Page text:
About Me

Education, the knowledge society, the global market all connected through technology and cross-cultural communication skills are I am all about. I hope through this blog to both guide others and travel myself across disciplines, borders, theories, languages, and cultures in order to create connections to knowledge around the world. I teach at the University level in the areas of Business, Language, Communication, and Technology.

Tuesday, October 26, 2010

American Politics: a study in frustration and poor communication

We have one more week until the general elections and I'm totally disgusted. So much so that for the first time in almost 30 years, I don't want to cast my ballot. Why? Because I don't see much difference between the extreme voices that I must vote for. If I could, I would attend the Rally to restore Sanity in Washington, DC this week.

I see this current situation as a breakdown in communication in the US society. One thing that Americans always prided themselves on was the right to debate and discuss various issues. However, the "you're either with us or against us" attitude of many politicians (on both side of the aisles) and the vilifying of anyone whose position might hurt those in power or the media (which is big business in the US) has made it possible for the discussion to be squelched in the US.

I had had great hopes at the beginning of the Obama administration. Here was an administration that was elected by communicating using new media. However, over the last two years more and more voices are being quieted as people become afraid to express their opinions.

The White House, who had online live conferences in which the average person was able to participate, changed its media strategy and these conferences are almost non-existent now. In fact, last year when the President came to our area, those on the "invitation" list were politicians and those who held local power, rather than the common man who supposedly would benefit from the programs the president was speaking about. On the White House website, there was a video that explained how the president's 10 letters from the public (which he reads daily) was chosen. The letters are filtered through his staff, who choose the letters "most representative" of the letters coming in. This filtering, however, ensures that the present will only see the views that the staff feel are relevant. Why do the staff have to filter the letters? Don't they report on the issues they read about in the letters? Think of the variety of issues (come of which may not be covered by organizations sending in mass mailings or covered in the press) if 10 letters were chosen randomly. The farmer in Kansas struggling to make it, would have the same possibility of being heard as the unemployed single mother being thrown out of her house in Florida, or the prosperous rancher in Montana, or the factory worker in Michigan.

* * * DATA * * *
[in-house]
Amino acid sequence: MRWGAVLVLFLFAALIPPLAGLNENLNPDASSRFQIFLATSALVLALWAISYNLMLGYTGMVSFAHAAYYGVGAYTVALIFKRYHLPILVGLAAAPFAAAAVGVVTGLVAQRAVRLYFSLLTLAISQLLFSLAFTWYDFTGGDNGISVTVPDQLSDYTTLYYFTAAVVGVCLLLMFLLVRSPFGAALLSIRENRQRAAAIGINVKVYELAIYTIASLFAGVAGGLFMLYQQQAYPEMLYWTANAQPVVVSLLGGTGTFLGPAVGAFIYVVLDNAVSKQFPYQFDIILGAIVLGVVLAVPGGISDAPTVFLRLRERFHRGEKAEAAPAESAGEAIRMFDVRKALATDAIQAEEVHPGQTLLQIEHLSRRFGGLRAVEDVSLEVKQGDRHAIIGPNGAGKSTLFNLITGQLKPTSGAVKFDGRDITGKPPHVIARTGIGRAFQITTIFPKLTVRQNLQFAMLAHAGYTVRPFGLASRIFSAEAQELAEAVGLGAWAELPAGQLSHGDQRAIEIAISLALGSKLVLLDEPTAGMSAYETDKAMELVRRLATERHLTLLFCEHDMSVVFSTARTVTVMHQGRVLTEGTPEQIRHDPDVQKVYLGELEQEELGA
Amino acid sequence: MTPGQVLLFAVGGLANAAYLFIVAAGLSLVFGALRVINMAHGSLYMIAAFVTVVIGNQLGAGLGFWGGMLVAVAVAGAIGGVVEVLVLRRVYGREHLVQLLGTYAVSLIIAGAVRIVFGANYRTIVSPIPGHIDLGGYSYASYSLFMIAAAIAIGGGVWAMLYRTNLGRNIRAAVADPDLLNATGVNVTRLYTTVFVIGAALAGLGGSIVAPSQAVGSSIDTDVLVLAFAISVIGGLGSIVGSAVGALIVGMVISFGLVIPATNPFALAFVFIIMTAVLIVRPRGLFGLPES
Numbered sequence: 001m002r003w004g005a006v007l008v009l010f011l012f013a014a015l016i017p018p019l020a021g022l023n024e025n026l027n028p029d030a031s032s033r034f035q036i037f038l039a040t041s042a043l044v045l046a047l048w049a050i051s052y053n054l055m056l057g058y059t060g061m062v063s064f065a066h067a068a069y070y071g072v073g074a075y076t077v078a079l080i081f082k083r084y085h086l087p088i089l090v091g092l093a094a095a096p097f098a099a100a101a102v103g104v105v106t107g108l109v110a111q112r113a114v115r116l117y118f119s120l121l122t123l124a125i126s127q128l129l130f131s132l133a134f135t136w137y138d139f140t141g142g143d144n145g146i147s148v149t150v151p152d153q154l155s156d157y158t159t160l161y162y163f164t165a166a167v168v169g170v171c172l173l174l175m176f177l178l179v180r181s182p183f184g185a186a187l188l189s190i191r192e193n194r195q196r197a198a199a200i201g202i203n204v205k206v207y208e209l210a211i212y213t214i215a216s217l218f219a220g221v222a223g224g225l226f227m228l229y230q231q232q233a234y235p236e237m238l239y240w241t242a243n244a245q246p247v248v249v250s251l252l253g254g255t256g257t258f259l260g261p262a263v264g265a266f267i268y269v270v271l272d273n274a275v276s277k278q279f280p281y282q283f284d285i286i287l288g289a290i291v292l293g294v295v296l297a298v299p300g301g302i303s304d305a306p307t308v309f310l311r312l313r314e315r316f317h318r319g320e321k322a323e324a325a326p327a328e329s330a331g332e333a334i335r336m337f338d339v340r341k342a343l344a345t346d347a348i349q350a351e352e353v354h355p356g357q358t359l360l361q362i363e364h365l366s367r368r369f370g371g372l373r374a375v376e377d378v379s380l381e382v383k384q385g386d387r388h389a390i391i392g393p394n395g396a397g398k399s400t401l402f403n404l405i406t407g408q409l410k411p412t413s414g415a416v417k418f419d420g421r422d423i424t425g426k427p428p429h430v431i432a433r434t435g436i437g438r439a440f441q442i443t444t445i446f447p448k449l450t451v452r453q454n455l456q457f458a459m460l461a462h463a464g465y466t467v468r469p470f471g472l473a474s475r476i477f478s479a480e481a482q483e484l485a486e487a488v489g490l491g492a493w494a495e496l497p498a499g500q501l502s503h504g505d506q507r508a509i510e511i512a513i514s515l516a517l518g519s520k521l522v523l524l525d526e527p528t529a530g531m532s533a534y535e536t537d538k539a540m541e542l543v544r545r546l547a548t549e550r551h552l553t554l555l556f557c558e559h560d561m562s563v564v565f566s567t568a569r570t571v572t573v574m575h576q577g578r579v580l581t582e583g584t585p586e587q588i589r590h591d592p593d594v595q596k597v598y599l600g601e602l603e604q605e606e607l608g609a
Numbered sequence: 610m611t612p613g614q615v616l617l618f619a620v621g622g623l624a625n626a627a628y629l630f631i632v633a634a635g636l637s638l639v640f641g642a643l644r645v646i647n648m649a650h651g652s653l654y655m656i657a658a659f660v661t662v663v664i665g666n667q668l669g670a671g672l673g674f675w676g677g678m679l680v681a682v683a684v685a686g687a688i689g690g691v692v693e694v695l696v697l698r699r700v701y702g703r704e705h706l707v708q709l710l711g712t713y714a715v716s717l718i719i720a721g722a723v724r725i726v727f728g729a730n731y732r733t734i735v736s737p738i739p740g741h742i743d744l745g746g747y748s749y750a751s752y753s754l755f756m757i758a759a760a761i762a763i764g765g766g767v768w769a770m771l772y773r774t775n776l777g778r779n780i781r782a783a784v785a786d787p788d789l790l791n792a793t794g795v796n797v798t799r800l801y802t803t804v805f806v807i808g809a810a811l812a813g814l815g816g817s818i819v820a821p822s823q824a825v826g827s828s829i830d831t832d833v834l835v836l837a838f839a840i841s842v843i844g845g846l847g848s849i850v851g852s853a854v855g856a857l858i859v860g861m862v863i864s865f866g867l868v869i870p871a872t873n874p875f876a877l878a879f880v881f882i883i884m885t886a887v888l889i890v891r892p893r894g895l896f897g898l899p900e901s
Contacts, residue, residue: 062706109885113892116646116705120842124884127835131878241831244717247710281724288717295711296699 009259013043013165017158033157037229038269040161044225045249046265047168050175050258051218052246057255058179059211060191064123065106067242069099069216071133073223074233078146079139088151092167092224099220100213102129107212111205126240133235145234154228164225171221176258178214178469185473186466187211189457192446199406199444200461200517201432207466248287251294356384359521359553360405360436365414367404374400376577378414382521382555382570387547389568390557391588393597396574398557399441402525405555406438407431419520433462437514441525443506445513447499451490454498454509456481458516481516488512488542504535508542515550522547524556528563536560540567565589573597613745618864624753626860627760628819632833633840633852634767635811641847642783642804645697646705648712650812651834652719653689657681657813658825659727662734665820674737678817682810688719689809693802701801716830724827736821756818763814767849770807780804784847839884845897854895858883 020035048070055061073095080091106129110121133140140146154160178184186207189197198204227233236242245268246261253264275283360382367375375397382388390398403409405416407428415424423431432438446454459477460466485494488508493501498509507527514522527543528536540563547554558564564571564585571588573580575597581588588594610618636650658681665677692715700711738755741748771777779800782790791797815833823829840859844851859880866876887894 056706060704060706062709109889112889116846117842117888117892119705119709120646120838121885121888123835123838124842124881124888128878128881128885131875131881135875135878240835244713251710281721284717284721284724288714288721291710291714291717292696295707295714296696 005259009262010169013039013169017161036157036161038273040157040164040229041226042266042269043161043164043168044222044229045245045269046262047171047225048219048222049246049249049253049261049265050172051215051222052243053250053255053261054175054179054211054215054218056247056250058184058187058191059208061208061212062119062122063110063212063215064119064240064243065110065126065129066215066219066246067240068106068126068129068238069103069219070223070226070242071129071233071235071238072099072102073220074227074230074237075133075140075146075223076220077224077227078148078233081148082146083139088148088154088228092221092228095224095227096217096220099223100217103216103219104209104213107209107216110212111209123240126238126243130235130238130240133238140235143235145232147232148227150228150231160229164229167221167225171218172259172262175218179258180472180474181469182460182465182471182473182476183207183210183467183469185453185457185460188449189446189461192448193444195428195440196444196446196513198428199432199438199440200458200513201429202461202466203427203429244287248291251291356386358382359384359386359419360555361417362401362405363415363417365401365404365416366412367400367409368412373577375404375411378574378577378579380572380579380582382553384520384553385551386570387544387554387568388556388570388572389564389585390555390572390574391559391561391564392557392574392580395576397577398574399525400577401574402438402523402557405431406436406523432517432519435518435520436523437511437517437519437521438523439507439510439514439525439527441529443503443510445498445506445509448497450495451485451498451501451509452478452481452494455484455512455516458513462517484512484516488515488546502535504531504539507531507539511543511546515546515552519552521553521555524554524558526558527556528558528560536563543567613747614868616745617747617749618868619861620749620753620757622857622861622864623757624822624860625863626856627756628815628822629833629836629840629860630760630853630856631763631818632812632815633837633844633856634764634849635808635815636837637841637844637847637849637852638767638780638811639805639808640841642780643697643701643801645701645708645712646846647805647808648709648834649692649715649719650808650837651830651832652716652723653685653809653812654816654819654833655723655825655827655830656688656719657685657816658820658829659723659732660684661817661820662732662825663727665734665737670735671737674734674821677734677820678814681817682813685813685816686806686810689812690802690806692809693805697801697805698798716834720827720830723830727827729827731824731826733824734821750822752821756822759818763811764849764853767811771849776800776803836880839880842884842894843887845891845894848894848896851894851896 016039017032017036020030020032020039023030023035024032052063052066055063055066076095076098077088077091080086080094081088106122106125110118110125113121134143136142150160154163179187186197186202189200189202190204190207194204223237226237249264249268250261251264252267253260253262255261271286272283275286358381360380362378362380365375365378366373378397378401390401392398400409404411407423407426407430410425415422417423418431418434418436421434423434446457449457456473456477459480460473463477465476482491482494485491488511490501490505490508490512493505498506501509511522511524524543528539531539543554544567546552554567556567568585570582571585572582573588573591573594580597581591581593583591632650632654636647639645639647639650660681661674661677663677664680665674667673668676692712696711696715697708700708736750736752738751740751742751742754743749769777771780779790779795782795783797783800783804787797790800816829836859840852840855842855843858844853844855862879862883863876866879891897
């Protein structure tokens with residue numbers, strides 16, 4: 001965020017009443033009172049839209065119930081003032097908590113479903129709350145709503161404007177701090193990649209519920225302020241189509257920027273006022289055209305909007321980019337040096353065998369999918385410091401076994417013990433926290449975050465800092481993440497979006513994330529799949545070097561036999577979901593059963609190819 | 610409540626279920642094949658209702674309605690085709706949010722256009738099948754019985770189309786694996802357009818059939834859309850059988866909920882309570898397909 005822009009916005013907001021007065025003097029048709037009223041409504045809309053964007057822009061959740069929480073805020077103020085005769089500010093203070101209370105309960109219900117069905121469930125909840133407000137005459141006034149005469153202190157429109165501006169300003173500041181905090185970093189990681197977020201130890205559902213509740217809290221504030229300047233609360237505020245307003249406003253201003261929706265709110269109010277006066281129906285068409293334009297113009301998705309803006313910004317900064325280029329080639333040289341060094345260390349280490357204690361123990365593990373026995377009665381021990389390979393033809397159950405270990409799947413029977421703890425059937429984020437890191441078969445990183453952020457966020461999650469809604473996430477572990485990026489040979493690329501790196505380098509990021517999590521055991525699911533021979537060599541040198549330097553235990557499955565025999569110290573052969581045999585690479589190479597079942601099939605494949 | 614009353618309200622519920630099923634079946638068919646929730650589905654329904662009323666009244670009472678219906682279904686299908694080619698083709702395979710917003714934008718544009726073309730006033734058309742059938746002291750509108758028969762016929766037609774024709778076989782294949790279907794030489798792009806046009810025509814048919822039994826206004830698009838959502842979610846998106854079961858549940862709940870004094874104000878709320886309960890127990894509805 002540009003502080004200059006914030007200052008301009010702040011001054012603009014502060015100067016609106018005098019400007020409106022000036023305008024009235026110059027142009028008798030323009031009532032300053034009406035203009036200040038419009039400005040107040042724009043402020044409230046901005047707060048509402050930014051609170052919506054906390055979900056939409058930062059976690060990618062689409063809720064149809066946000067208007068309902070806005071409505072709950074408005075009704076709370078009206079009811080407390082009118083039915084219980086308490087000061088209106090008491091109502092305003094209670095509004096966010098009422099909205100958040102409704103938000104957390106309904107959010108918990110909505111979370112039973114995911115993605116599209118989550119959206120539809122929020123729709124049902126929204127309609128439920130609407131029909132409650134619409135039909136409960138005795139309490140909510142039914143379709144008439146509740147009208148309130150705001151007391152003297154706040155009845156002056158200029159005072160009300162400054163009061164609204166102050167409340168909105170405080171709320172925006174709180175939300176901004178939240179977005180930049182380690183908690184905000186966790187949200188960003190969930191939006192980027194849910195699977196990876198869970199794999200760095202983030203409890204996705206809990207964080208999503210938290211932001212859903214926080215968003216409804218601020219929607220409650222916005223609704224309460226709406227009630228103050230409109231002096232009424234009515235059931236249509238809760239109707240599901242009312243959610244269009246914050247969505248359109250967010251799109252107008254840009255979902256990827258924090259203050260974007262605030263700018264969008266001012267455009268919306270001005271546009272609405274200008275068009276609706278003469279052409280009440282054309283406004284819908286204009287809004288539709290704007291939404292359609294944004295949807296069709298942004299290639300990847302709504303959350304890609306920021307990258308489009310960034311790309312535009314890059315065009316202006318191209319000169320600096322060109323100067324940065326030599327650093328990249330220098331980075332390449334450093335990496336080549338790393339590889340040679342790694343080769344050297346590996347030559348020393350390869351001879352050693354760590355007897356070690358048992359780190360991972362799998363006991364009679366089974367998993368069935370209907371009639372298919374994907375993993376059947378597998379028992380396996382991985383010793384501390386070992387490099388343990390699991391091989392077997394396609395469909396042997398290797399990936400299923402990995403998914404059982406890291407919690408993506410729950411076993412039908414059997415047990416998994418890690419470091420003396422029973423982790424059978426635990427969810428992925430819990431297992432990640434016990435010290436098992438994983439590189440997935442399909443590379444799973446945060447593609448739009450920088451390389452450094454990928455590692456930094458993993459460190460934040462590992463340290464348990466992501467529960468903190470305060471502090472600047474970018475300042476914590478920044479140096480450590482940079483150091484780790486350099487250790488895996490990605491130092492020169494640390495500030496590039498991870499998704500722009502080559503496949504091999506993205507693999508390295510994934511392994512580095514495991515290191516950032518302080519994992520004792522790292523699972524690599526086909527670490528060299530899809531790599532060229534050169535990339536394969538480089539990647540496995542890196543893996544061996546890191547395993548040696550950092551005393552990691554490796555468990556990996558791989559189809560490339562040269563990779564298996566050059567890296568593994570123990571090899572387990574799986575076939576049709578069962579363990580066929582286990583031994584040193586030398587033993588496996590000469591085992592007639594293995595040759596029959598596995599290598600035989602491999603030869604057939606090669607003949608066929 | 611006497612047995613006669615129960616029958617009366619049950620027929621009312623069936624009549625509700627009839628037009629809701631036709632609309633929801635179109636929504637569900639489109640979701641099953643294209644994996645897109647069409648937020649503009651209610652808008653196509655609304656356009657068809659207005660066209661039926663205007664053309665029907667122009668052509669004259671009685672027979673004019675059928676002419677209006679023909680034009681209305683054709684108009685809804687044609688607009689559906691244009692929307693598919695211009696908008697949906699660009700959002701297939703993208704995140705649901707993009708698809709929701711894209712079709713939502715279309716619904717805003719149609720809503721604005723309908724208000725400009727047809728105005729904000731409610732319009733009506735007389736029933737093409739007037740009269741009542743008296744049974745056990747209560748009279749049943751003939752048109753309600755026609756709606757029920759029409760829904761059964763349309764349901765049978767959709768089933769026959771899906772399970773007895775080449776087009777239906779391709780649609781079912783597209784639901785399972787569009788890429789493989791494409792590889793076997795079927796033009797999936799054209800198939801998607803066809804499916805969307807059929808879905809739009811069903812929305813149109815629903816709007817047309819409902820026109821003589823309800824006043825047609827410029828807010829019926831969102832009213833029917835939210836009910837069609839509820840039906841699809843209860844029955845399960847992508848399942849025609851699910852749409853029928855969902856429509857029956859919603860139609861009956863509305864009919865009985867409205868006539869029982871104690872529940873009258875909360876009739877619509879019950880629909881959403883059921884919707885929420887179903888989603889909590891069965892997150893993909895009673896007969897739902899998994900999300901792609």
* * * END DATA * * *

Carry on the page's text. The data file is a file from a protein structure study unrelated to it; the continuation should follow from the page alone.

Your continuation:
Most importantly, however, is that the issues would not be predetermined. Those issues that many of my friends and I feel are important are not being discussed. No one talks about the widening gap in income in the US between the very rich and the middle class. No one speaks about the tripling of prices of pharmaceuticals in the last 10 years, or the monopoly that 6 oil producers have in the US which allows for the price of oil to increase even though the supply in the US is the highest it's been for a number of years. No one speaks of the two United States: one in which a person's housing, education, health care, access to services, child care, and retirement are guaranteed and the other where any of these basic rights can be taken away at any moment.

So my hope for the US is to create an environment where civil dialog was acceptable, neighbors could live next door to each other even though they had differing views on how society should function, and a person was not afraid to express their ideas on various topics. Finally, communication is two way. This means there needs to be an honest dialog between those speaking and those listening. Listening does not mean agreeing with the speaker and speaking does not mean making your ideas known without determining if your message was received the way you wanted it to. Then I would feel as if my vote was one of many in a civil democracy.

Update: Of course, today there was a live online conference and there are more planned for the next week. Let's hope they continue to do so AFTER the elections.

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